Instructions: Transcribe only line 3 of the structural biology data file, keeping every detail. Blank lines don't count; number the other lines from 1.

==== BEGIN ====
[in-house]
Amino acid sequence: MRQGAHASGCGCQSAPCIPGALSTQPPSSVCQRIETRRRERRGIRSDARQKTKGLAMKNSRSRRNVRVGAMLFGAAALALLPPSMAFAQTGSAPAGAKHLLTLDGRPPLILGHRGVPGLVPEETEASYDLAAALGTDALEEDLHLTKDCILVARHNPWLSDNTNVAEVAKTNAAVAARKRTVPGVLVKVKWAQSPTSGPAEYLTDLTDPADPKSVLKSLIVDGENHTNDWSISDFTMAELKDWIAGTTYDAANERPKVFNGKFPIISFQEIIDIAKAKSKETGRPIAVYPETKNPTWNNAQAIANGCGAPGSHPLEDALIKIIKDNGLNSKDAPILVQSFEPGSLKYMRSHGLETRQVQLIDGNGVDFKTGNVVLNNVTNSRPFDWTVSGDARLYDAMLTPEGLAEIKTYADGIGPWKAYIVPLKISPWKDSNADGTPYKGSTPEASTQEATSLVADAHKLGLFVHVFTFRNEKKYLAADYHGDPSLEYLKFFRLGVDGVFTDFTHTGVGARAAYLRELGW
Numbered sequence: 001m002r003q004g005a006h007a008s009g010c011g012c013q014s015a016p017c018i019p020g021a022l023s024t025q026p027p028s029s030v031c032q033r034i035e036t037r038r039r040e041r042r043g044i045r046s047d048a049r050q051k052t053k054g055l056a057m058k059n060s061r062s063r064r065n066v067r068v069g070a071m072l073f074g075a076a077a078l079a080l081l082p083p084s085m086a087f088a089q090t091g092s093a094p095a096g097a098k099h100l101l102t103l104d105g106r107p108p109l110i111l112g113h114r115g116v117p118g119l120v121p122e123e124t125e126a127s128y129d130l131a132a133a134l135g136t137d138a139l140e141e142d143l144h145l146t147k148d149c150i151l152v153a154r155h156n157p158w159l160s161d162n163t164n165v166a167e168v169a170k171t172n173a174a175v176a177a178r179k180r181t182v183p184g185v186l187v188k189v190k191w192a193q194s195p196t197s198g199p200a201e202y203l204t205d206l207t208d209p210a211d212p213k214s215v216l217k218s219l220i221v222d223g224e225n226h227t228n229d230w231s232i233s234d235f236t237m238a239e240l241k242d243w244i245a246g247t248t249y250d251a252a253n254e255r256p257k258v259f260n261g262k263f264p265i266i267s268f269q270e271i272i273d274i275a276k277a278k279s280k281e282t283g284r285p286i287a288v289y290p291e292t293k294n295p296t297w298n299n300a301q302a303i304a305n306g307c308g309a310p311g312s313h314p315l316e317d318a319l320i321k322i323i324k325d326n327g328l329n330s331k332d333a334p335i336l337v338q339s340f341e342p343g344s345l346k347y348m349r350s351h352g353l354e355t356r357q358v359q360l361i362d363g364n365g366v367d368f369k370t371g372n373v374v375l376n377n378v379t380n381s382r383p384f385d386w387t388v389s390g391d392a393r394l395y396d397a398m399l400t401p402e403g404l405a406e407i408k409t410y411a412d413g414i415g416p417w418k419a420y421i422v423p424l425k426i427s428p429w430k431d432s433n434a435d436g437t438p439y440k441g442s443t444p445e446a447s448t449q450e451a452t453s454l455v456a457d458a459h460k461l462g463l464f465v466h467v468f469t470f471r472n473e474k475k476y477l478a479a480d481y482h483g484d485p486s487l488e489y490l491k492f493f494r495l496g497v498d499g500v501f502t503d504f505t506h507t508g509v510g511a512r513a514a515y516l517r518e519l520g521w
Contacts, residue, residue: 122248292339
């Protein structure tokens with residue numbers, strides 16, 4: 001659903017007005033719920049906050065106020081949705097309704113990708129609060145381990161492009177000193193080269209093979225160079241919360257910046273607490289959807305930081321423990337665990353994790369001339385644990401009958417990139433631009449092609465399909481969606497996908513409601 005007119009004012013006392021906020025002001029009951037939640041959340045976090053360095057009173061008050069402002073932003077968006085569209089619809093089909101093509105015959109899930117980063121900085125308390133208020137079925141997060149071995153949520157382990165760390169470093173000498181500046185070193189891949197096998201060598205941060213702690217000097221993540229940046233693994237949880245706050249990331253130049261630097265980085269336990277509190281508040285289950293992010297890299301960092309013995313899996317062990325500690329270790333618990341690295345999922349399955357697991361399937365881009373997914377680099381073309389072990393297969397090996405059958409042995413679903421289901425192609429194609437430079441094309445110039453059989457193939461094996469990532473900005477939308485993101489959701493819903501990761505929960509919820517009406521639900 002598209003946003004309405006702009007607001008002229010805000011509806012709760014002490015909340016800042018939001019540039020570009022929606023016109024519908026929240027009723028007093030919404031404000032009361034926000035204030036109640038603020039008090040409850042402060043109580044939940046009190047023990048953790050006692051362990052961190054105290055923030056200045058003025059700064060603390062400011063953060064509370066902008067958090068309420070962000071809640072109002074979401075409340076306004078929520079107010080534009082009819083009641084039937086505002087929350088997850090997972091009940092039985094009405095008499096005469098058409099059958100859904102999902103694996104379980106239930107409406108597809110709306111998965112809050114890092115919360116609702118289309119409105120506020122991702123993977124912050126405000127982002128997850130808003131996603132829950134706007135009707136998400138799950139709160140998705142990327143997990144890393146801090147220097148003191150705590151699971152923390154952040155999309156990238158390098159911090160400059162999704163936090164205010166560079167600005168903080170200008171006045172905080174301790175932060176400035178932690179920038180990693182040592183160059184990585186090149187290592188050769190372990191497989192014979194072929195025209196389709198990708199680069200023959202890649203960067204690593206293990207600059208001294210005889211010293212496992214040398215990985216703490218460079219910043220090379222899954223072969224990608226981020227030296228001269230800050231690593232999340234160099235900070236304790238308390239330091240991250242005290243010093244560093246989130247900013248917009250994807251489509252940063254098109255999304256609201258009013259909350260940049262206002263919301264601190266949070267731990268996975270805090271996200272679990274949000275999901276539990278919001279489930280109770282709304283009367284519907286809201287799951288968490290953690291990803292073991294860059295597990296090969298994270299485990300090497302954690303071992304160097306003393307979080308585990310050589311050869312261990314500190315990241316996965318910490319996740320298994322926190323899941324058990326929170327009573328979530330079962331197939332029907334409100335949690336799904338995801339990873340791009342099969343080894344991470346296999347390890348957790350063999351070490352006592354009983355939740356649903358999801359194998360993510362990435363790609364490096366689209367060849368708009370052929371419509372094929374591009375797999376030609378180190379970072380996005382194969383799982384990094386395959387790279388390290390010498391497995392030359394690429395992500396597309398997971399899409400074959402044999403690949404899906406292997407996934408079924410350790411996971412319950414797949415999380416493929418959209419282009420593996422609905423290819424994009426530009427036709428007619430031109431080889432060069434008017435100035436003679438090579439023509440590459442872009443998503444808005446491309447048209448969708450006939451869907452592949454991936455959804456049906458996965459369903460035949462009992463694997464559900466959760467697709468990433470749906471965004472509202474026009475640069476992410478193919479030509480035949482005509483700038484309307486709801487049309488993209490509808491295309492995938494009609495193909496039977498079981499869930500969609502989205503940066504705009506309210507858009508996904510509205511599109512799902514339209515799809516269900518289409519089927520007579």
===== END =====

Numbered sequence: 001m002r003q004g005a006h007a008s009g010c011g012c013q014s015a016p017c018i019p020g021a022l023s024t025q026p027p028s029s030v031c032q033r034i035e036t037r038r039r040e041r042r043g044i045r046s047d048a049r050q051k052t053k054g055l056a057m058k059n060s061r062s063r064r065n066v067r068v069g070a071m072l073f074g075a076a077a078l079a080l081l082p083p084s085m086a087f088a089q090t091g092s093a094p095a096g097a098k099h100l101l102t103l104d105g106r107p108p109l110i111l112g113h114r115g116v117p118g119l120v121p122e123e124t125e126a127s128y129d130l131a132a133a134l135g136t137d138a139l140e141e142d143l144h145l146t147k148d149c150i151l152v153a154r155h156n157p158w159l160s161d162n163t164n165v166a167e168v169a170k171t172n173a174a175v176a177a178r179k180r181t182v183p184g185v186l187v188k189v190k191w192a193q194s195p196t197s198g199p200a201e202y203l204t205d206l207t208d209p210a211d212p213k214s215v216l217k218s219l220i221v222d223g224e225n226h227t228n229d230w231s232i233s234d235f236t237m238a239e240l241k242d243w244i245a246g247t248t249y250d251a252a253n254e255r256p257k258v259f260n261g262k263f264p265i266i267s268f269q270e271i272i273d274i275a276k277a278k279s280k281e282t283g284r285p286i287a288v289y290p291e292t293k294n295p296t297w298n299n300a301q302a303i304a305n306g307c308g309a310p311g312s313h314p315l316e317d318a319l320i321k322i323i324k325d326n327g328l329n330s331k332d333a334p335i336l337v338q339s340f341e342p343g344s345l346k347y348m349r350s351h352g353l354e355t356r357q358v359q360l361i362d363g364n365g366v367d368f369k370t371g372n373v374v375l376n377n378v379t380n381s382r383p384f385d386w387t388v389s390g391d392a393r394l395y396d397a398m399l400t401p402e403g404l405a406e407i408k409t410y411a412d413g414i415g416p417w418k419a420y421i422v423p424l425k426i427s428p429w430k431d432s433n434a435d436g437t438p439y440k441g442s443t444p445e446a447s448t449q450e451a452t453s454l455v456a457d458a459h460k461l462g463l464f465v466h467v468f469t470f471r472n473e474k475k476y477l478a479a480d481y482h483g484d485p486s487l488e489y490l491k492f493f494r495l496g497v498d499g500v501f502t503d504f505t506h507t508g509v510g511a512r513a514a515y516l517r518e519l520g521w